This month sees things getting back to normal a bit, after the flurry of activity in March and April: between Spier Contemporary and the Joburg Art Fair, art lovers could have been forgiven for feeling art was almost as important as sport, for a while at least...
As the events at the major institutions recede from our view for a bit, it is the developments in the realm of the smaller galleries that seem to be capturing attention. Artheat commented recently on the issue of gentrification, as highlighted by the shift of many Cape Town galleries to the previously-marginalised area of Woodstock. In Johannesburg the phenomenon seems to be less of a shift and more of a flowering of numerous new galleries. In NEWS we look at the opening of Artspace in Parkwood, and in an interview I speak to Ricardo Fornoni, curator of the newbie Resolution Gallery, about his endeavours. One hopes that this augers well for art’s growth despite the difficult economic times predicted ahead.
This month we try something
new: I have compiled a series of SHORT CUTS, brief critical engagements
with a shows that haven’t received the attention of a full review. These
are all Jozi shows for now, but if the format proves successful we will
expand it to include the other areas.
NEXT UPDATE: June 8.
The augurs are pointing to a big month for Cape Town. The local art-eratti will be checking to see if bigger is better when Michael Stevenson's new premises opens in Woodstock with the latest curated exhibition 'Disguise: the art of attracting and deflecting attention'. With stars like Candice Breitz and Yinka Shonibare in the line-up it promises to live up to the hype. After winning the Mercedes Benz award earlier this year, Kevin Brand will show us what he's up to at the Bell-Roberts. Peter Schütz and Walter Oltmann team up at Goodman. And Christian Nerf and Douglas Gimberg continue their iconoclastic collaboration at the AVA.
Pieter Hugo makes his presence felt this month with his Standard Bank Young Artist show 'Messina/Musina' at the Standard Bank Gallery and a body of new work entitled 'Nollywood' at Warren Siebrits Modern and Contemporary. David Brodie looks at artists who embrace the 'logic of forensic science' for his show 'Aftermath', and Peter Magubane continues earlier photographic concerns with cultural practises in 'Rites of Passage' at the University of Johannesburg Gallery.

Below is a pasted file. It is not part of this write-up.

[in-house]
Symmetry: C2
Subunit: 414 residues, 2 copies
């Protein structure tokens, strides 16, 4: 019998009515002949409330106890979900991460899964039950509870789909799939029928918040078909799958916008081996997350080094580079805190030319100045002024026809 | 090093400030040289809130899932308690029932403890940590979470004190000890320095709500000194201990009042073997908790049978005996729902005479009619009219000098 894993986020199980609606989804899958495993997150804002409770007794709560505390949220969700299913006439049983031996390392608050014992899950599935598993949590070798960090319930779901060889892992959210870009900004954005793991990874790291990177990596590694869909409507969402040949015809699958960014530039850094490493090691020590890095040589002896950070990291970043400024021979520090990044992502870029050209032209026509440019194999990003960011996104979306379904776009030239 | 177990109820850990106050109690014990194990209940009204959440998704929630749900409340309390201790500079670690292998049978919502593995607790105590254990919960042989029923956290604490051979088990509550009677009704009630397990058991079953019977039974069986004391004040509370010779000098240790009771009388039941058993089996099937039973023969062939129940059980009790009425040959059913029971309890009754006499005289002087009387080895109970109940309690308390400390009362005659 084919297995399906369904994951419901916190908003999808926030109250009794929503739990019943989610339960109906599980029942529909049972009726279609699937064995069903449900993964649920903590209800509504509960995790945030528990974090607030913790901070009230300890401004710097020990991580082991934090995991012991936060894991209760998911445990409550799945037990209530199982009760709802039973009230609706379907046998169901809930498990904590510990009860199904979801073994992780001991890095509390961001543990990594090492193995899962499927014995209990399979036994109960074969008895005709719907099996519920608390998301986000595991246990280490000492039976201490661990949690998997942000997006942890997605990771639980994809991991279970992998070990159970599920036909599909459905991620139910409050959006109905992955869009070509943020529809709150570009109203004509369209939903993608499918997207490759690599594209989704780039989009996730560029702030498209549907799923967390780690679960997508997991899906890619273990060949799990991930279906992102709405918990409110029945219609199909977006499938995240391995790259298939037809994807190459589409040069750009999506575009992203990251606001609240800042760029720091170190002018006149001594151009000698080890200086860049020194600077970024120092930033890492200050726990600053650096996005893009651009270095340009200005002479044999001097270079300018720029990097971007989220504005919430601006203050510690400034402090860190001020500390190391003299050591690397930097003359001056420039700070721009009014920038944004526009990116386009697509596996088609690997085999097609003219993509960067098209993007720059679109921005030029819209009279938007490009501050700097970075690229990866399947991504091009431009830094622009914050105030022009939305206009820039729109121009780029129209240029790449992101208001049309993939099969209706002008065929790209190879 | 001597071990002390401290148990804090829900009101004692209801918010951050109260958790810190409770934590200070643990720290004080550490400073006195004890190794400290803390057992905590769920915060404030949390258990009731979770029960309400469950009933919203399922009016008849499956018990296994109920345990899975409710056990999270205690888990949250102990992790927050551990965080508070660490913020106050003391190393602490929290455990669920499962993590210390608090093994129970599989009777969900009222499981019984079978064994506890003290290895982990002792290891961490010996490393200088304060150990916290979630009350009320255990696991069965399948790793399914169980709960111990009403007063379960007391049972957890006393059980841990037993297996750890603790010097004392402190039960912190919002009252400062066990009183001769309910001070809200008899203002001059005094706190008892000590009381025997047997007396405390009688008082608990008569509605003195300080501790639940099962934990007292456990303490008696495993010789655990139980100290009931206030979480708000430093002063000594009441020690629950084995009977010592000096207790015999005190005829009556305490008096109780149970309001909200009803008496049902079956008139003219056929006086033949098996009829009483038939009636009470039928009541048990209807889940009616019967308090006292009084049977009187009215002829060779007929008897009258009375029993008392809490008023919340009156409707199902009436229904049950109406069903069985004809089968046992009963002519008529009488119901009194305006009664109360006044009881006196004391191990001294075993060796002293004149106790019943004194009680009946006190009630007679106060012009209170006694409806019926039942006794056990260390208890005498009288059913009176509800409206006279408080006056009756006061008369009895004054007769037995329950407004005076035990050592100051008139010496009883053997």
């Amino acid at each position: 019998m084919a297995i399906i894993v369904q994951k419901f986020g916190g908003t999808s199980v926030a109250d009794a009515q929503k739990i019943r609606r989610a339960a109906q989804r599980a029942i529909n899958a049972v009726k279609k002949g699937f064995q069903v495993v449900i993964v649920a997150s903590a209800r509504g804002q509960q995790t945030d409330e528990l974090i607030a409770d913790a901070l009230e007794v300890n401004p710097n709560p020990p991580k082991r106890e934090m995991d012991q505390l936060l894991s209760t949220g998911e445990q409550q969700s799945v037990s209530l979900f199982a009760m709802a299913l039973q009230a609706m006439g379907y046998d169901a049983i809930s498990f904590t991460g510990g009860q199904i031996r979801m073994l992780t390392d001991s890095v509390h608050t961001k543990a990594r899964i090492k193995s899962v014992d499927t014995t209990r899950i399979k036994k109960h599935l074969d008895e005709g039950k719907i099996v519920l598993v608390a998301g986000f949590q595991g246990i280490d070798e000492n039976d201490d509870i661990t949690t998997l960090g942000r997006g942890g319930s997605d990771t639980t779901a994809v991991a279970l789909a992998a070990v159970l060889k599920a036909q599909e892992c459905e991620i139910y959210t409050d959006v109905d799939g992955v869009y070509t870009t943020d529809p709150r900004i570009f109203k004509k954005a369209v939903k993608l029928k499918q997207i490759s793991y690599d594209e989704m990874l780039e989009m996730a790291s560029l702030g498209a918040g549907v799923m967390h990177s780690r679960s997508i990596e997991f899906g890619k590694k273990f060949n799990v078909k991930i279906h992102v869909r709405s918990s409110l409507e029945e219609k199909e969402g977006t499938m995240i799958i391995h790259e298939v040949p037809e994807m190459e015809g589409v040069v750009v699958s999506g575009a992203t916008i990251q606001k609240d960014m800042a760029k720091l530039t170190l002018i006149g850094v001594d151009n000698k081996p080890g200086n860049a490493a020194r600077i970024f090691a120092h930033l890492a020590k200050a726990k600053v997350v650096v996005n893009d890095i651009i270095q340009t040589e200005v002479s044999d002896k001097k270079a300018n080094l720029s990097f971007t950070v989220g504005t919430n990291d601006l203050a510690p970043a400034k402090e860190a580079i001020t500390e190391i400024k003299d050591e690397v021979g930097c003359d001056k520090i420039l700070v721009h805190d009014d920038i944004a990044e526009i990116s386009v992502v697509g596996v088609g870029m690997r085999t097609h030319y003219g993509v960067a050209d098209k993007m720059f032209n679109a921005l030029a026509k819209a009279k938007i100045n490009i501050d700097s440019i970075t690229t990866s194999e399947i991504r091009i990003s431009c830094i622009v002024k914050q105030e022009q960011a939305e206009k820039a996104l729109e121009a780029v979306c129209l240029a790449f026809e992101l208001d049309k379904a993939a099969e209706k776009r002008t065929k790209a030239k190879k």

The Bank Gallery reopens with a new look and a double act with an exhibition by Stephen Hobbs who shows simultaneously at the KZNSA. Durban artist Dineo Bopape, now living in Amsterdam, is also showing some quirky new works which were previewed at the Joburg Art Fair. Johan Thom also shows at the KZNSA.
Pieter Hugo shows at Galerie bertrand & gruner in Switzerland, while Guy Tillim opens at Haunch of Venison in Zürich. '2MOVE: Ireland' features William Kentridge and Zen Marie and Isolde Krams shows at artSPACE Berlin.
In Johannesburg, Michael Smith spoke to Ricardo Fornoni, owner/curator of Resolution Gallery about his gallery, its intentions and the importance of good design.
This month ArtThrob pilots Short Cuts, a series of concise synopses of a number of shows that occurred in the previous month. This month the focus is exclusively on Johannesburg, but ArtThrob hopes to expand this to include other regions in the future.
William Scarbrough's 'Stitches' comprises jarring juxtapositions of images culled from the media over the last 12 years. In these digtally composited and physically sutured works, the viewer is exposed to thoughts and images they would rather avoid, and the work itself becomes a traumatic event, contends Tavish McIntosh. Brett Murray's 'Crocodile Tears' is a satirical, often self-deprecating critique of the place of 'whiteness' in the African Renaissance. While largely successful, Bettina Malcomess feels that the show could have benefited from tighter curation. She also feels that there are stronger works with more nuance, that are 'layered, subtle explorations of how privilege speaks itself'. They are, she feels, exactly the kind of confession 'we' need to keep making.
'Cities in Crisis', a photographic exhibition curated by Dave Southwood and Michael Godby, is a rich document of urban South Africa, featuring contributions from David Goldblatt, Guy Tillim, Jo Ractliffe and Sam Nhlengethwa amongst others. According to Landi Raubenheimer, it 'offers both unself-conscious and self-reflexive moments of tension in its collective depictions of urban communities' and 'highlights the act of looking and the notion of belonging in a society that remains dramatically socio-economically stratified.'
In Durban, Carol Brown spoke to both Aidan Walsh and Cameron Platter, both of whose shows closed recently at the KZNSA.
Johannesburg's Artspace shifts location to swish new premises in Rosebank. Mike van Graan is appointed Executive Director of Africa Centre and the ten semi-finalists for Sasol Wax Art Award 2008 have been announced. A new artists' residency opens at Kwa Mamli in Gugulethu, and the South African Centre for Photography prepares for its 2008 festival. In Durban, Art for Humanity celebrates Art, Creativity and Freedom at a Gala Dinner.
Michael Smith profiles Anthea Moys in this month's artbio.
Chad Rossouw visits the Gugulective's Gugsblog www.gugulective.blogspot.com, which he finds informative and interesting but perhaps in need of some attention in parts.
Our latest New Media Editor Chad Rossouw profiles Marcus Neustetter and Nathaniel Stern's getawayexperiment.net which was commissioned by www.turbulence.org
The AVA calls for submissions for their members' exhibition and whatiftheworld invites submissions for their fleet trailer design project. Monash University, Melbourne offers residencies and the Oslo Screen Festival invites entries.
David Robert Lewis comes out of his corner punching, in response to EdYoung's Diary of last month.
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